Research Proposal
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Research Proposal






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Research Proposal Research Proposal Presentation Transcript

  • RESEARCH PROPOSAL IN BRM Group member.. Nazish hussain Farah khan Kinza hassan Course incharge Areeba nadeem Professor Mansoor
  • SUMMARY The summary review session was one of the most useful parts of the report. It is the snapshot of research proposal. The purpose of research proposal is an individual’s or company offer to produce a product or render a service to a potential buyer or sponsor and the researcher provides a detailed description of the proposed program to the sponsor. Description include Problem Statement, Research Objectives, Literature Review, Importance of the Study, Research Design, Data Analysis, Nature and Form of Results, Qualifications of Researcher, Budget, Schedule, Facilities and Special Resources, Project Management. These descriptions or information help the sponsor whether they accept the proposal or reject the proposal of researcher. The research proposal is a good source to evaluate the good researcher for sponsor. Also measuring their budget and result easily.
  • IntroductionA proposal is a request for support of sponsored research, instruction, or extension projects. Good proposals quickly and easily answer the following questions: • What do you want to do, how much will it cost, and how much time will it take? • How does the proposed project relate to the sponsor's interests? • What difference will the project make to: your university, your students, your discipline, the state, the nation, the world, or whatever the appropriate categories are? • What has already been done in the area of your project? • How do you plan to do it? • How will the results be evaluated? • Why should you, rather than someone else, do this project? These questions will be answered in different ways and receive different emphases depending on the nature of the proposed project and on the agency to which the proposal is being submitted. Most agencies provide detailed instructions or guidelines concerning the preparation of proposals (and, in some cases, forms on which proposals are to be typed); obviously, such guidelines should be studied carefully before you begin writing the draft.
  • The Research Proposal: A proposal is an individual’s or company offer to produce a product or render a service to a potential buyer or sponsor. A good research proposal is based on scientific facts and on the art of clear communication. It is like a blue print of a building plan before the construction starts. A proposal is also known as a work plan. The proposal tell us what, why, how, where, and to whom the research will be done. It must also show the benefits of doing the research.
  • Purpose of the Research Proposal • To present the management question to be researched and relate its importance. • To discuss the research efforts of other who have worked on related management questions. • To suggest the data necessary for solving the management question and how the data will be gathered, treated or interpreted.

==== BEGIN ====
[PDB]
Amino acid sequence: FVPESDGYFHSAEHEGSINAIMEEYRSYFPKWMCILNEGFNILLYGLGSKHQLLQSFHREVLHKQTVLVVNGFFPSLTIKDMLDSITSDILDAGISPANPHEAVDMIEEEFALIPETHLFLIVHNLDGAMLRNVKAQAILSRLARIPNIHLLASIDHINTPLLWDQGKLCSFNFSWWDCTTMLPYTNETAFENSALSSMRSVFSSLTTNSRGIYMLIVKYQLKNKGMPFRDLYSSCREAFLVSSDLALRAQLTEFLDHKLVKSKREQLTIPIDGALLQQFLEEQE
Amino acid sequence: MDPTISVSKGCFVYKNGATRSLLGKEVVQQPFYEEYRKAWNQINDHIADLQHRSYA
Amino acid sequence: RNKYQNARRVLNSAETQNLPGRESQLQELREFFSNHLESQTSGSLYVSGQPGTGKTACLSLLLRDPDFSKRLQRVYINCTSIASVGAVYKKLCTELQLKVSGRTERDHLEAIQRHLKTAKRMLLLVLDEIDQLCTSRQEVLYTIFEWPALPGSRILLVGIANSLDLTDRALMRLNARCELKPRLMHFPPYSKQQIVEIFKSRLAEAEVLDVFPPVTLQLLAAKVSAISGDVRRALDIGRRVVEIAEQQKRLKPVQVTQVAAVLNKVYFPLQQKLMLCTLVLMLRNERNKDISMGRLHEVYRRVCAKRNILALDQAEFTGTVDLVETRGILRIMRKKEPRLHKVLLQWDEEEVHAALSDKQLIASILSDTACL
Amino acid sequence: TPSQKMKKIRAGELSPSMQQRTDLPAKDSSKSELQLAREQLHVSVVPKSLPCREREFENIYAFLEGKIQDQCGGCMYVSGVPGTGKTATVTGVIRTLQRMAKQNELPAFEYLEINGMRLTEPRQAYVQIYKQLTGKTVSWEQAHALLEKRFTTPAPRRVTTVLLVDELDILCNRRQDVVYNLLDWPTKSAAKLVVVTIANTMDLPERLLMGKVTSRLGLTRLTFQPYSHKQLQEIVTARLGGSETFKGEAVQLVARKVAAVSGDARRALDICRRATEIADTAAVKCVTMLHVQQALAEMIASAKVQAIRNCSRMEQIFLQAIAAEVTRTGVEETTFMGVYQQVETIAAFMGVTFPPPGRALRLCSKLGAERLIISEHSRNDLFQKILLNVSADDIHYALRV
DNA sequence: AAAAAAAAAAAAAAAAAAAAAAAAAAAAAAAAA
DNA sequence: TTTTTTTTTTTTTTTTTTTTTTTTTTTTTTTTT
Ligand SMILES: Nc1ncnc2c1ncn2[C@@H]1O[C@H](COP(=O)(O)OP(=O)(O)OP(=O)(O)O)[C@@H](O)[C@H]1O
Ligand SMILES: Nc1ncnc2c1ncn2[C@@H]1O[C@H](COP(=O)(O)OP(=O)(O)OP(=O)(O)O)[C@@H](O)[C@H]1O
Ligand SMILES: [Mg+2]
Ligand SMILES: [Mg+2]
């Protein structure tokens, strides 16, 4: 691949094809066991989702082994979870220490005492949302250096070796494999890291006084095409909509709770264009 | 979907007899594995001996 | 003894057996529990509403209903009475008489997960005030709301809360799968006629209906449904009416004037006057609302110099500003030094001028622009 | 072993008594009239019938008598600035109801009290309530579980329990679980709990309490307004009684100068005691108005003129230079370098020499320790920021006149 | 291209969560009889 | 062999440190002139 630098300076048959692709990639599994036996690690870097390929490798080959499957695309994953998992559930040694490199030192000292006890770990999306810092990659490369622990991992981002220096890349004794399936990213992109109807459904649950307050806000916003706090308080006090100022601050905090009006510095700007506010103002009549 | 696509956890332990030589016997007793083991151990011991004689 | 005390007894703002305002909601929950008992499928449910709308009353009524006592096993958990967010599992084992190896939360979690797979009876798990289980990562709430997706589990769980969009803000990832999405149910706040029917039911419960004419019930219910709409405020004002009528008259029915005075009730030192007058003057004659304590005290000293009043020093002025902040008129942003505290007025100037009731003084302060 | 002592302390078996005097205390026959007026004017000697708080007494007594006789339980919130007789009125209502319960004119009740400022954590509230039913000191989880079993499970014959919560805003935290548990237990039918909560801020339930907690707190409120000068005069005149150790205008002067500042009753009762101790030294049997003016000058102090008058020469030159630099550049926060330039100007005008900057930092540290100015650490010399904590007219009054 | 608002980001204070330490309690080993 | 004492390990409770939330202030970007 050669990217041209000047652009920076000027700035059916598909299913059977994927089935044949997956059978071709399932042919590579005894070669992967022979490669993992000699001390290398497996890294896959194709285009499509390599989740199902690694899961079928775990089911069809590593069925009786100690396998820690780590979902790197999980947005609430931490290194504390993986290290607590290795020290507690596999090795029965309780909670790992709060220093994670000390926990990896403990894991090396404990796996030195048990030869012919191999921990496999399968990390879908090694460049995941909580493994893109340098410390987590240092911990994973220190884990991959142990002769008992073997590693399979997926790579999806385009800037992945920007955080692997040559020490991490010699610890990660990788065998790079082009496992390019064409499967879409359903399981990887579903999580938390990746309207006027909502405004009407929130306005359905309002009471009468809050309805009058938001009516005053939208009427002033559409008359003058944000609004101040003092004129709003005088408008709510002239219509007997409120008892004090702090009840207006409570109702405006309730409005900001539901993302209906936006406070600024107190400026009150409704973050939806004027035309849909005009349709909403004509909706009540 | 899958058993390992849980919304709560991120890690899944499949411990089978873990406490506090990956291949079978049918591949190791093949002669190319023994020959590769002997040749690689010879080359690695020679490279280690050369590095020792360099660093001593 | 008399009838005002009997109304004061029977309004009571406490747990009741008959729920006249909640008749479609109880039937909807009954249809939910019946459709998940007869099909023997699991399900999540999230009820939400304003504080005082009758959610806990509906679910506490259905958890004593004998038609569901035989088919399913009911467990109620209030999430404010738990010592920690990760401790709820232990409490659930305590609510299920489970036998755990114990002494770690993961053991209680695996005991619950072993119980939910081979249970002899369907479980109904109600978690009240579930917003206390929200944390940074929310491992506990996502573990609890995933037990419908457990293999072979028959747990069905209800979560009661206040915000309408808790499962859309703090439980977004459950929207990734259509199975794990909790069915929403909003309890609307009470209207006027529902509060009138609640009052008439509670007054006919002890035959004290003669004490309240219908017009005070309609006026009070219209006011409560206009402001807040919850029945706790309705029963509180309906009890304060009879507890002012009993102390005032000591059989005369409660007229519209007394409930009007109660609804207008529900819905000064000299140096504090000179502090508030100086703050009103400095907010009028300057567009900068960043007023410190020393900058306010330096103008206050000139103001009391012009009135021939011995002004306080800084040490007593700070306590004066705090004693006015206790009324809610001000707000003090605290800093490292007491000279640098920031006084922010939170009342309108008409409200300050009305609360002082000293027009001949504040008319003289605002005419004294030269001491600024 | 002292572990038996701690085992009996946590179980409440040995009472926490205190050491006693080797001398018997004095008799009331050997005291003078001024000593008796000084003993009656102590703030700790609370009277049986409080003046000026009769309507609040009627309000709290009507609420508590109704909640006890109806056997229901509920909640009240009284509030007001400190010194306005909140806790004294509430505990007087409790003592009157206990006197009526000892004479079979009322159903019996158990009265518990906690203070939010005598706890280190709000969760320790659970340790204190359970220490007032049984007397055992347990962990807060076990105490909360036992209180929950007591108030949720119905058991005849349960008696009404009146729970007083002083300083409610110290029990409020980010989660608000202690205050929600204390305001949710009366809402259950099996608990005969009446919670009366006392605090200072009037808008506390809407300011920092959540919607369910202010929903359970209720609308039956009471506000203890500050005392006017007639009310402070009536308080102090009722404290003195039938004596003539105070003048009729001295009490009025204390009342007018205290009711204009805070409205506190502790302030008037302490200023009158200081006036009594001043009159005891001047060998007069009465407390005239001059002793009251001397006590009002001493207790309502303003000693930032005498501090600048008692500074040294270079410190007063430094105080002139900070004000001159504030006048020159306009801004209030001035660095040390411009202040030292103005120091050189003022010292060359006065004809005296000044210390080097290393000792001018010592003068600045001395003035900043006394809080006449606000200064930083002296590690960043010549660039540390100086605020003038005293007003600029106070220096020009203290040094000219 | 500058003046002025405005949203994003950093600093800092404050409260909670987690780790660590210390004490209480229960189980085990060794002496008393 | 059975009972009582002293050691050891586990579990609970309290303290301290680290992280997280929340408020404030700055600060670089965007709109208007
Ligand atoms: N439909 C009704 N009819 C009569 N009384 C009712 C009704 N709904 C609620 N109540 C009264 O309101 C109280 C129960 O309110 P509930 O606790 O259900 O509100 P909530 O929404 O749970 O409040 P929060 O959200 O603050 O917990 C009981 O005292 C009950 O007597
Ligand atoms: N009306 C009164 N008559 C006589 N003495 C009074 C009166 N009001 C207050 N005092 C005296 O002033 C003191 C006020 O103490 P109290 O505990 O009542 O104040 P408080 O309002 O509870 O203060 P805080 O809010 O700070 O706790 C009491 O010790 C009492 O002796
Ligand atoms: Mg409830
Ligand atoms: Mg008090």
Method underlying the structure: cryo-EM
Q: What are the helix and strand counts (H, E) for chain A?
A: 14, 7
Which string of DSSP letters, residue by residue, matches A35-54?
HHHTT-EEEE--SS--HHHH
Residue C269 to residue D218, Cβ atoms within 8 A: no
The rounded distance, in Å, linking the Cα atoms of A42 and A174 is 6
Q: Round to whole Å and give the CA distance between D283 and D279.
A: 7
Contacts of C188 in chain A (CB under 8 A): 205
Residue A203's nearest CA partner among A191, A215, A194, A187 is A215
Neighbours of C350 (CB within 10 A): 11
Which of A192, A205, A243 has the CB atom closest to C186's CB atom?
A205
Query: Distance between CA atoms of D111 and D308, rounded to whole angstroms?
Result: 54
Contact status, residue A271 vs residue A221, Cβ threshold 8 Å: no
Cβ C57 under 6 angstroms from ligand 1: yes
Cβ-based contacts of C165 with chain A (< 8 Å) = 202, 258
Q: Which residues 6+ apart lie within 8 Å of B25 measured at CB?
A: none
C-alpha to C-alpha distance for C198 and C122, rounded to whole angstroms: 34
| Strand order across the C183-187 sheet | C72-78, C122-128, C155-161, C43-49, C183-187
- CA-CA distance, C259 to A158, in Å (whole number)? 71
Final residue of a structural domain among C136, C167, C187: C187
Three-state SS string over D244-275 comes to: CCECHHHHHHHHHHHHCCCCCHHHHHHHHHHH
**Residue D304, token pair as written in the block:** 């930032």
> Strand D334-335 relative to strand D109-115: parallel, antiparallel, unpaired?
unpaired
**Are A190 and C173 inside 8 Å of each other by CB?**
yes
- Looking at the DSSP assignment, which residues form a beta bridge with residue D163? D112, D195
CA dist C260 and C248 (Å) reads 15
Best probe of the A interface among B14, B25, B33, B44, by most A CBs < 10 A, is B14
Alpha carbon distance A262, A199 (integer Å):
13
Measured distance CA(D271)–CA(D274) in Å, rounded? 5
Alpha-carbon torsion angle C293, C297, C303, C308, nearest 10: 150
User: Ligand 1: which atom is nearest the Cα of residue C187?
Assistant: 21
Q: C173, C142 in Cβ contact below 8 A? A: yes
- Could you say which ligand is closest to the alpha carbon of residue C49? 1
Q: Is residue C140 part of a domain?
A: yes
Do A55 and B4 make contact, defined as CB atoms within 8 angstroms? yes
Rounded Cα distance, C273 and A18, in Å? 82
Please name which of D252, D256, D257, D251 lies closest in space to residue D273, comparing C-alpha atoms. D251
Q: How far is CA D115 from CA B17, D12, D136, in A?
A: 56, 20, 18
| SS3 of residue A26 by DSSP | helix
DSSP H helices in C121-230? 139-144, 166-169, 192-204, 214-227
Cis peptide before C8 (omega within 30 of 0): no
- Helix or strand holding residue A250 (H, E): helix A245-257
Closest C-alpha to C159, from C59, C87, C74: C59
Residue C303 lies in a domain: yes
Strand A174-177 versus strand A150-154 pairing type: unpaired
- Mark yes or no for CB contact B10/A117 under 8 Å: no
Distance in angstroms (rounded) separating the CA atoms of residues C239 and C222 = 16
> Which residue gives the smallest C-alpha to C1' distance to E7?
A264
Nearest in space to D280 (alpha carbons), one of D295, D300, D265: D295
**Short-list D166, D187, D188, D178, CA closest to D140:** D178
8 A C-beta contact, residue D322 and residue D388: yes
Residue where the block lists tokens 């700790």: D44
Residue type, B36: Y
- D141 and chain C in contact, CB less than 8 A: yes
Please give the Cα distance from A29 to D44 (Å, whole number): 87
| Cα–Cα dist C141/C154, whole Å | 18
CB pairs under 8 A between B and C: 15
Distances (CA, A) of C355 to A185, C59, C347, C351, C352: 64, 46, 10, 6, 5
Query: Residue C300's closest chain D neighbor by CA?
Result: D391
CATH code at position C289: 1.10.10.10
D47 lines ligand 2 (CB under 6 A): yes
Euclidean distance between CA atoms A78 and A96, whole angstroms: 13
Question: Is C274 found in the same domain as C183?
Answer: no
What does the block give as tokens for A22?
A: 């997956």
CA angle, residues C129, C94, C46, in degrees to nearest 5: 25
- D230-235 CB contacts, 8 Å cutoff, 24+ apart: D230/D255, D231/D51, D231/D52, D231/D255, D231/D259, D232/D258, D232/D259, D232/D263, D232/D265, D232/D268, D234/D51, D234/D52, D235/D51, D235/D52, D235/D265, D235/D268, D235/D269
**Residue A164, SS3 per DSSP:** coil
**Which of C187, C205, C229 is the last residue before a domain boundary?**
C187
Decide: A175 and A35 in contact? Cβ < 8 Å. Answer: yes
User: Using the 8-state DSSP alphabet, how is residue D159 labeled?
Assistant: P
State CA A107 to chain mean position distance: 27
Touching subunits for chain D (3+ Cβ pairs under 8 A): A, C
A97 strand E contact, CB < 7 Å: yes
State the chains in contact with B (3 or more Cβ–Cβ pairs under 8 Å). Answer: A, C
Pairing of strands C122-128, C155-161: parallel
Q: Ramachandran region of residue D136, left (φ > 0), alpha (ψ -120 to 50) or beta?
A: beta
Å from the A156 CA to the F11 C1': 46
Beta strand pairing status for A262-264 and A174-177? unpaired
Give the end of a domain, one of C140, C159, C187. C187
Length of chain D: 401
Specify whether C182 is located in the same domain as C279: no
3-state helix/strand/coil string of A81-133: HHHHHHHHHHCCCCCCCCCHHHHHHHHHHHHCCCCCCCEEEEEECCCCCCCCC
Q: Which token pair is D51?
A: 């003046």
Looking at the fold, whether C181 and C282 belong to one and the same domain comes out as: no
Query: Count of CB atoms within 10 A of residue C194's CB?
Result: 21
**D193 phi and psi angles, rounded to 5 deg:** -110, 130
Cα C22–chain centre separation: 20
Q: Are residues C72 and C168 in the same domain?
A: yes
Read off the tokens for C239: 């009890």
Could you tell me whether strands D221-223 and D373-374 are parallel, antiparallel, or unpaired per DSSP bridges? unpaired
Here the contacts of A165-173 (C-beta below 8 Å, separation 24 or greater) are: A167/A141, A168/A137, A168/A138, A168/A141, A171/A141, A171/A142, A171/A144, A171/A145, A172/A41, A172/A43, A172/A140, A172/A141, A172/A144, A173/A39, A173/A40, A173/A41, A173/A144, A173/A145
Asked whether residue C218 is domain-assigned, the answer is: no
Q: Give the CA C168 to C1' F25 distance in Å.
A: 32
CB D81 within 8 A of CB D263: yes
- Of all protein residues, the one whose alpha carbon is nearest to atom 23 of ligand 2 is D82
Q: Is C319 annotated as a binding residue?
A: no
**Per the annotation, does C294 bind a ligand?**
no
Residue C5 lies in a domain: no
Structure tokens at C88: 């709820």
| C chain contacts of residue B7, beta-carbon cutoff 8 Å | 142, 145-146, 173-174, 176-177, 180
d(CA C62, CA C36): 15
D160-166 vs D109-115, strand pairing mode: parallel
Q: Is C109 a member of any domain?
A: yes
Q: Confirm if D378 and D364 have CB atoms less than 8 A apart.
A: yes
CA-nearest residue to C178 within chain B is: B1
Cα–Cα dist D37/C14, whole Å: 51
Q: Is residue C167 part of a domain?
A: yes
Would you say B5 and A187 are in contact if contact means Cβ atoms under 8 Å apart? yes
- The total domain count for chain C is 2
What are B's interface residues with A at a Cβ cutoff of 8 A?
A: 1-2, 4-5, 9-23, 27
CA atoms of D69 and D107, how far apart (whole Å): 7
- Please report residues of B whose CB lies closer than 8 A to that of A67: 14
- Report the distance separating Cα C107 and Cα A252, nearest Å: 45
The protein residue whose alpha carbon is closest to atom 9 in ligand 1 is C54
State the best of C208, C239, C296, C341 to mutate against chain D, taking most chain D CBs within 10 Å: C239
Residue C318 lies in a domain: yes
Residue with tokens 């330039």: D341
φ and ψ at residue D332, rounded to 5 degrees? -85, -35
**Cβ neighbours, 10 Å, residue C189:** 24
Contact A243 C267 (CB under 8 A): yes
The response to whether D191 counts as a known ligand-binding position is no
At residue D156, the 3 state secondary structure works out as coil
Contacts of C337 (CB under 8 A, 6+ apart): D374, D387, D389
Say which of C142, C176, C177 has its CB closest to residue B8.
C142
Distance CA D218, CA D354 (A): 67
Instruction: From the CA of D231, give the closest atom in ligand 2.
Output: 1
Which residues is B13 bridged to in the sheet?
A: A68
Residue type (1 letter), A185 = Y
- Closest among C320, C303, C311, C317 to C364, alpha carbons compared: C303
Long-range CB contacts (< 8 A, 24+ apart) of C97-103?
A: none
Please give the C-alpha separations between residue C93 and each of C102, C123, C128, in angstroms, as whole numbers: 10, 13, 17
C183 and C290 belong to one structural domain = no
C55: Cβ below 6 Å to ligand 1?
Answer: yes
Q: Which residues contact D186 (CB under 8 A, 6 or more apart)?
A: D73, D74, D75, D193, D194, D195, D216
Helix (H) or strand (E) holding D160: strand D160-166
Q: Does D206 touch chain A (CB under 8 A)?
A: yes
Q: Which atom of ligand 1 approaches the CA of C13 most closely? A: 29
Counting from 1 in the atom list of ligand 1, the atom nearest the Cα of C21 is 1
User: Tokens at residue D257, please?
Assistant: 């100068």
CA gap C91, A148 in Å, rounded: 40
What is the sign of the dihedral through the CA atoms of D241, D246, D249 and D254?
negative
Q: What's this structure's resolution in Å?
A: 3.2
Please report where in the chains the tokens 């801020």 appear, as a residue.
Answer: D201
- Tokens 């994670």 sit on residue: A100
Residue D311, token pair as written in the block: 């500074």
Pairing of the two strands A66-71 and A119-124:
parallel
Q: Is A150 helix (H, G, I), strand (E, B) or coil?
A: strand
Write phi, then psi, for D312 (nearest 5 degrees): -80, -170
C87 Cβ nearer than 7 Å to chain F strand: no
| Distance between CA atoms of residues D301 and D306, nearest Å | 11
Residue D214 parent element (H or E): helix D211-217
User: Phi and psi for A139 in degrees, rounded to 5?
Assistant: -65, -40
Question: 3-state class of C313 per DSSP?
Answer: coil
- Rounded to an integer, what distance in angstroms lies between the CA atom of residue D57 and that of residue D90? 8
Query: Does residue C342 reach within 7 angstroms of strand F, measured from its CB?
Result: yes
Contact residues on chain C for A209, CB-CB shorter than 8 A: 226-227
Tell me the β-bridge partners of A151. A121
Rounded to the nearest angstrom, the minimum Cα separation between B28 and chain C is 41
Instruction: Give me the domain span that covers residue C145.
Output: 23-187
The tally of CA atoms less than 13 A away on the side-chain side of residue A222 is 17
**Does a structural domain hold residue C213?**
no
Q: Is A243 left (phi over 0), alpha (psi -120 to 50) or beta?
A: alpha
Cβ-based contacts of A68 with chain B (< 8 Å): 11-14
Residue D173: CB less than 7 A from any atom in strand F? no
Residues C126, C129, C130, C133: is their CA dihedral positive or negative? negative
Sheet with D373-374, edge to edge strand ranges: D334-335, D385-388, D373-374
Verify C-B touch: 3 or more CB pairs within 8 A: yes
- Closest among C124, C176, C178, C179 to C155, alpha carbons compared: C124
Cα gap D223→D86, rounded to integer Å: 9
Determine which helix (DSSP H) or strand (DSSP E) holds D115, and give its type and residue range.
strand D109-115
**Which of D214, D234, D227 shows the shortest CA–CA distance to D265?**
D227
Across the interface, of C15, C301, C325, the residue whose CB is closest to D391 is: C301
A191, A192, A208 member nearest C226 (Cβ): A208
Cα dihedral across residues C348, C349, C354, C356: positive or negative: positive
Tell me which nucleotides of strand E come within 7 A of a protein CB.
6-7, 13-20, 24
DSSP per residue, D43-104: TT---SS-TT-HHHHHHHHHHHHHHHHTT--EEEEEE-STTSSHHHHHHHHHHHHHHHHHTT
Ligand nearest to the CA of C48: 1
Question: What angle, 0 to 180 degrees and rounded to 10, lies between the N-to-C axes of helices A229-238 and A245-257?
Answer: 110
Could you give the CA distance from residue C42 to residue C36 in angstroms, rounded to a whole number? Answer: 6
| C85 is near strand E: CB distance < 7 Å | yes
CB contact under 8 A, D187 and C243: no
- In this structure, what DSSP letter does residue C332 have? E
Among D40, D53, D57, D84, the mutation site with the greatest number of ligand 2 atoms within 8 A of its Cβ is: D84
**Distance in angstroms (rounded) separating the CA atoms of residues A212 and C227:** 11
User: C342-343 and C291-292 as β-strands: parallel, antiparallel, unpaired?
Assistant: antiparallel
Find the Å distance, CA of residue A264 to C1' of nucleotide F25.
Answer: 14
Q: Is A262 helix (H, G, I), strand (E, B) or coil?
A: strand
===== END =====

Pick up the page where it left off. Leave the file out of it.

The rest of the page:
• The Research Sponsor • All research has a sponsor in one form or another: • In a corporate setting, management sponsors research • In an academic environment, the student is responsible to the class instructor • A research proposal allows the sponsor to assess the sincerity of the researcher’s purpose, the clarity of his or her design, relevant background material and the researcher's fitness for undertaking the project.
  • Benefits of the Proposal to a Researcher • Allows the researcher to plan and review the project’s logical steps. • Serves as a guide throughout the investigation. • A review of management and research literature in developing the proposal encourages the researcher to assess previous approaches to similar management questions and revise the research plan accordingly. • Forces time and budget estimates
  • Types of Research Proposals •Internal Proposal: • Internal proposals are short and snappy; a one to three-page memo from the researcher to management outlining the problem statement, study objectives, research design, and schedule is enough to start an exploratory study. • In the small scale proposal, the literature review and bibliography is not stressed and can be stated briefly in the research design.
  • •External Proposal: • An external proposal is either solicited or unsolicited. • A solicited proposal is developed in response to a request for proposals (RFP), and is likely to compete against several others for the contract or grant. • An unsolicited proposal represents a suggestion by a contract researcher for a research that might be done. Such proposals do not compete against others.
  • Proposal Complexity •3 levels of complexity: • The exploratory study is used for the most simple proposals • The small-scale study is more complex and common in business • The large-scale professional study is the most complex, costing millions of dollars
  • Structuring the Research Proposal • Create proposal modules • Put together various modules to tailor your proposal to the intended audience